Each Dr. Martin Luther King Jr. Day I take time to reflect. I am taken back to my teenage years when I was living here in Rochester, N.Y. and read a story that profoundly affected me even as a teenager. A family bought a house about a mile from where we lived and when the neighbors learned that the family was black they tried to buy the house instead. The black family eventually prevailed but the story angered me and so I joined a group known as CORE, the Congress on Racial Equality.
In the summer of 1963, I learned about a planned demonstration in Washington in support of the civil rights movement and that CORE would be sending busloads of marchers. I decided to travel with the group to the rally. On Aug. 28 we stood at the base of the steps of the Lincoln Memorial and heard Dr. King deliver his now famous “I Have a Dream” speech.We heard him dream that his “little children will one day live in a nation where they will not be judged by the color of their skin but by the content of their character.”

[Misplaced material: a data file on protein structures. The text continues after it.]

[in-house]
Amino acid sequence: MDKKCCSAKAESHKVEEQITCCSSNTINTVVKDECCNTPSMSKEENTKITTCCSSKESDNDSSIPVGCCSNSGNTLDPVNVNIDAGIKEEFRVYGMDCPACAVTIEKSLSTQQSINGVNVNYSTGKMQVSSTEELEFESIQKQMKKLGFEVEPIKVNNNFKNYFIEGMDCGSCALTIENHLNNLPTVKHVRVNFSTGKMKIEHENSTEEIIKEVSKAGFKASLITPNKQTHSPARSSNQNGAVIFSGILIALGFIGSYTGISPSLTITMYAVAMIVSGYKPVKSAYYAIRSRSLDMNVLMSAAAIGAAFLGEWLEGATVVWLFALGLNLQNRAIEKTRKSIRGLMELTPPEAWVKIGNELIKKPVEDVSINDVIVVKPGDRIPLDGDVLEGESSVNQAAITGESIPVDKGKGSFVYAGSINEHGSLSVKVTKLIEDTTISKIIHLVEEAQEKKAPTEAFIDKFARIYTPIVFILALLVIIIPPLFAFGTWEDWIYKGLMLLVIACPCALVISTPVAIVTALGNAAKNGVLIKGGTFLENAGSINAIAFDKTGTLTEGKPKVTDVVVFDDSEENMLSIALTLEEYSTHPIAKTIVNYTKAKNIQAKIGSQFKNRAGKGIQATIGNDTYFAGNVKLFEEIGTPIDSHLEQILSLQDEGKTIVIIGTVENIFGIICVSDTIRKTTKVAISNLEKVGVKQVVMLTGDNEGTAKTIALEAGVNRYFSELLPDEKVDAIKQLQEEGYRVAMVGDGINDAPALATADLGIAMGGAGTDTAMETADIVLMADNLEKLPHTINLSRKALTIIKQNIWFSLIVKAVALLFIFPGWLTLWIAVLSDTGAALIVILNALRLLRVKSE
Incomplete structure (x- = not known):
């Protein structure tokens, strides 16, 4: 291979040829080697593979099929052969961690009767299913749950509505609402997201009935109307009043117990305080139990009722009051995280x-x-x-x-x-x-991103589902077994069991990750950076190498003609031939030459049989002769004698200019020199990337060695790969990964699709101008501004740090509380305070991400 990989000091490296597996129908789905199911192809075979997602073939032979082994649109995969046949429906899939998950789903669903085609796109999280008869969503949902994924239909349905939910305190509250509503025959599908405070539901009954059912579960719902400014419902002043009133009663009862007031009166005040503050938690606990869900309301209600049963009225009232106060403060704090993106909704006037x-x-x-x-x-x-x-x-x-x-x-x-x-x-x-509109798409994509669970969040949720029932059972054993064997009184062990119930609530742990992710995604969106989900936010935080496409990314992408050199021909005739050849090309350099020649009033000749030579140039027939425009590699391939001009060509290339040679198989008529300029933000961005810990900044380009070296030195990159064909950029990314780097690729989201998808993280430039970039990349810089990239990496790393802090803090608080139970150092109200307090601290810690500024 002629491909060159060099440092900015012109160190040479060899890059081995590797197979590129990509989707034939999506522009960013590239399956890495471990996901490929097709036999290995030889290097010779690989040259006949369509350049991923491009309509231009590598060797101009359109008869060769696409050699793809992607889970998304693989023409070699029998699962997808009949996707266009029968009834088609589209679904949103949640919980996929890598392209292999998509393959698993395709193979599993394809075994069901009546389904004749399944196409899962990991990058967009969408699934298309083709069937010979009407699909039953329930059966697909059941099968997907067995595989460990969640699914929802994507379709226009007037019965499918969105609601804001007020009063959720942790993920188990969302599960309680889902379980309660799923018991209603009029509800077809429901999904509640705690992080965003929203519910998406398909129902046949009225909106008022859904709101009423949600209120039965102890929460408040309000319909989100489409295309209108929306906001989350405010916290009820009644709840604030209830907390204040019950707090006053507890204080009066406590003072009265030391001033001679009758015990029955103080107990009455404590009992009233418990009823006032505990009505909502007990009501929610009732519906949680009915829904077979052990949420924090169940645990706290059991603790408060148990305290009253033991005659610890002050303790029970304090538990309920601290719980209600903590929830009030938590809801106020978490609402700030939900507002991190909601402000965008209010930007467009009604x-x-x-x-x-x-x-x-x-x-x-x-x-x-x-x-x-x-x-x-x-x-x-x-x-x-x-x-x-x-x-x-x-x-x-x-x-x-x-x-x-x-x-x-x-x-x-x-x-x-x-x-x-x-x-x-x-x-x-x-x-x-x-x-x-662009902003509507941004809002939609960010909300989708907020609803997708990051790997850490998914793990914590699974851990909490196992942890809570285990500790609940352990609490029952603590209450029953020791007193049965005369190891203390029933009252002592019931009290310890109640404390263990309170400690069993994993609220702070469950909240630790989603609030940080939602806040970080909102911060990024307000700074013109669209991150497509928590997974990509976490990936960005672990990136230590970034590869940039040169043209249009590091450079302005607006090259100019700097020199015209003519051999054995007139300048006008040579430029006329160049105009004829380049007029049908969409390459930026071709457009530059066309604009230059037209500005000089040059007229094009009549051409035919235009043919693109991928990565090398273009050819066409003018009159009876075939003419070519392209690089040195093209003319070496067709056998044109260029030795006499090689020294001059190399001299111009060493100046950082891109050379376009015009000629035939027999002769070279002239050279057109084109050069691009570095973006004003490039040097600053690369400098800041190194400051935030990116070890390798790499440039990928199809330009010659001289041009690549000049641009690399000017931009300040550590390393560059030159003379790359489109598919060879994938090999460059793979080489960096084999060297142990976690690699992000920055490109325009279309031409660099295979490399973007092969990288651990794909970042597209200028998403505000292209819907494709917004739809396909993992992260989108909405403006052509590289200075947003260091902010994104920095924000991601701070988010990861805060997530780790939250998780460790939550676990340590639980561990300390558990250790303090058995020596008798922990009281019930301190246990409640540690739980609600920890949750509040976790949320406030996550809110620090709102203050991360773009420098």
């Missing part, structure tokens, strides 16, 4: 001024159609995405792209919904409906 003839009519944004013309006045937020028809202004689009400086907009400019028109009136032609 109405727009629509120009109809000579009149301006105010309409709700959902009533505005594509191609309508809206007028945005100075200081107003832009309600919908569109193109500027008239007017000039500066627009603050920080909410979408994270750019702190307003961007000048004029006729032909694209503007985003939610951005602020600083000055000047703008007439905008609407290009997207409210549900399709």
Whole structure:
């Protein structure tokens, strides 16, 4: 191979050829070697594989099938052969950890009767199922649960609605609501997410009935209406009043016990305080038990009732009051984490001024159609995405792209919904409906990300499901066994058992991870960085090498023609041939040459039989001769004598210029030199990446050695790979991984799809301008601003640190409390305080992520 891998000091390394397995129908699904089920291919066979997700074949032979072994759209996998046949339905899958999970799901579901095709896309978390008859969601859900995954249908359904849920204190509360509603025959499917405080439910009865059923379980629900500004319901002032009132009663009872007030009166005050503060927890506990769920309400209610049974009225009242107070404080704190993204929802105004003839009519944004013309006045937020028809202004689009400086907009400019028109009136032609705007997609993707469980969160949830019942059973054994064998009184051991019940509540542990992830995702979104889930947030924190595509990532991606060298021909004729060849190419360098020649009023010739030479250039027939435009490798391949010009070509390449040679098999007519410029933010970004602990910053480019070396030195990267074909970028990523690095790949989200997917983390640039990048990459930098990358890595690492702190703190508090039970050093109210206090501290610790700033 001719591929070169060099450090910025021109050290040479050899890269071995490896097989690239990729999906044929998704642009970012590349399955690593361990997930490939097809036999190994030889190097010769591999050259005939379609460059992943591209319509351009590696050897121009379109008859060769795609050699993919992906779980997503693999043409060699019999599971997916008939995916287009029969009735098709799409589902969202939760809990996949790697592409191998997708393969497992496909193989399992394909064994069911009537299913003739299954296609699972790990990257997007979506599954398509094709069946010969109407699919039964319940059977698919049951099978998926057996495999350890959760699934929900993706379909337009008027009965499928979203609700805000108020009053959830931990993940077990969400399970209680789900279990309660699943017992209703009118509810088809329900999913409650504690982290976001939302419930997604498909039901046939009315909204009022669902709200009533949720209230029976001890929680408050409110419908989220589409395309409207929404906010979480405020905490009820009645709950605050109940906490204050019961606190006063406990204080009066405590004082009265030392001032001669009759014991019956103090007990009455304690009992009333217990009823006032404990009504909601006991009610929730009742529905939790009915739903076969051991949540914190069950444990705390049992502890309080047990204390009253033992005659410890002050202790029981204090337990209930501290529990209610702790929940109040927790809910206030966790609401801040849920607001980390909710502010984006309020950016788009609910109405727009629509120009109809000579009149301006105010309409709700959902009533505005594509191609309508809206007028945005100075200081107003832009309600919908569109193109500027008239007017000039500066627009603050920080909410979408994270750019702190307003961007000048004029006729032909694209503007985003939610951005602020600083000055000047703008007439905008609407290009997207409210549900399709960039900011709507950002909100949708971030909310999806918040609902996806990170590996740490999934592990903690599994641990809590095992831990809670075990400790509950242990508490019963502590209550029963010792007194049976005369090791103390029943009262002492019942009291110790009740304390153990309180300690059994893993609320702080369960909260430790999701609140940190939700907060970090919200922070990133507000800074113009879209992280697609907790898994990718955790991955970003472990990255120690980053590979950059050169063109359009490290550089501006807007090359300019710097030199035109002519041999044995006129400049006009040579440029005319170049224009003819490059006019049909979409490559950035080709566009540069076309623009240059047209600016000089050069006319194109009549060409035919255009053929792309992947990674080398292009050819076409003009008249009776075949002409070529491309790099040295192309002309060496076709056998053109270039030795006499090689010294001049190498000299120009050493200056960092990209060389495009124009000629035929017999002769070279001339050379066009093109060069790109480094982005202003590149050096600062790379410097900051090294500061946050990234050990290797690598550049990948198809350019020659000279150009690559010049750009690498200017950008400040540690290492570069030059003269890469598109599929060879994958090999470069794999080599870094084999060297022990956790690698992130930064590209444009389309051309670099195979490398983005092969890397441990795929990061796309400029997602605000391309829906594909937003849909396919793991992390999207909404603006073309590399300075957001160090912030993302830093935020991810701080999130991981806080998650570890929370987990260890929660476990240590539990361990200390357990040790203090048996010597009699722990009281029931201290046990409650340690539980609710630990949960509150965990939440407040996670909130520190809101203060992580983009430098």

We have traveled a long way since that day when the crowd of 250,000 people joined hands, singing songs from the civil rights movement. Indeed, 45 years later, we inaugurated a president who is making King’s dream a reality. To be sure, however, we have more work to do in order to create King’s “beloved community,” one in which people recognize their interdependence and treat each other with respect and concern. Daily, we are reminded of the need for additional work when we see instances around the country and world where ethnic, racial, religious, and economic differences seem to tear us apart.
Colleges have an important role to play in this regard. We are preparing the future leaders, and they are the hope for the necessary, continued changes. We at the schools have the responsibility to help our students develop into leaders who have the skills and understandings to foster the kind of interdependence that King preached. It is my hope that our students will learn to see strength in the differences around them, and find ways to bridge those differences as they develop local and global communities that appreciate our connected humanity.